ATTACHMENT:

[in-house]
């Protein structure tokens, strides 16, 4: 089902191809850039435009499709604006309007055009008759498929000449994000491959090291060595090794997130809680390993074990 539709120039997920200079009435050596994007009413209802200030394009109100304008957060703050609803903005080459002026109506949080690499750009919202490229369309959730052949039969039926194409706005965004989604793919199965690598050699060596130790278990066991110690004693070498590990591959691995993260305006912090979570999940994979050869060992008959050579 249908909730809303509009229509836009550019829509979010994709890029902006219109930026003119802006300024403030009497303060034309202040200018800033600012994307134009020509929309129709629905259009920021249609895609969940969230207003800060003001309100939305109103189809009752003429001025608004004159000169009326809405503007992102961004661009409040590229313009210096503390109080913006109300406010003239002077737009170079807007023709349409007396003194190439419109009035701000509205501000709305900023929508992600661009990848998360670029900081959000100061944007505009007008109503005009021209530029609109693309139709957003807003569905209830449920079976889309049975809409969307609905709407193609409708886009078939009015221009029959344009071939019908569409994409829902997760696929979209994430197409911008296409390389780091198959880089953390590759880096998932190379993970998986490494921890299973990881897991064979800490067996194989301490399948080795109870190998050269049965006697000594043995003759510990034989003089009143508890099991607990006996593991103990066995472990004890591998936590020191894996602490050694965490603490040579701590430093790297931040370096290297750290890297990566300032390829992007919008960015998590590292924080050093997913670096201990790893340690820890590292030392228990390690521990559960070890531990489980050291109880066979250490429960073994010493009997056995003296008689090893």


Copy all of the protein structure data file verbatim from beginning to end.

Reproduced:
[in-house]
């Protein structure tokens, strides 16, 4: 089902191809850039435009499709604006309007055009008759498929000449994000491959090291060595090794997130809680390993074990 539709120039997920200079009435050596994007009413209802200030394009109100304008957060703050609803903005080459002026109506949080690499750009919202490229369309959730052949039969039926194409706005965004989604793919199965690598050699060596130790278990066991110690004693070498590990591959691995993260305006912090979570999940994979050869060992008959050579 249908909730809303509009229509836009550019829509979010994709890029902006219109930026003119802006300024403030009497303060034309202040200018800033600012994307134009020509929309129709629905259009920021249609895609969940969230207003800060003001309100939305109103189809009752003429001025608004004159000169009326809405503007992102961004661009409040590229313009210096503390109080913006109300406010003239002077737009170079807007023709349409007396003194190439419109009035701000509205501000709305900023929508992600661009990848998360670029900081959000100061944007505009007008109503005009021209530029609109693309139709957003807003569905209830449920079976889309049975809409969307609905709407193609409708886009078939009015221009029959344009071939019908569409994409829902997760696929979209994430197409911008296409390389780091198959880089953390590759880096998932190379993970998986490494921890299973990881897991064979800490067996194989301490399948080795109870190998050269049965006697000594043995003759510990034989003089009143508890099991607990006996593991103990066995472990004890591998936590020191894996602490050694965490603490040579701590430093790297931040370096290297750290890297990566300032390829992007919008960015998590590292924080050093997913670096201990790893340690820890590292030392228990390690521990559960070890531990489980050291109880066979250490429960073994010493009997056995003296008689090893």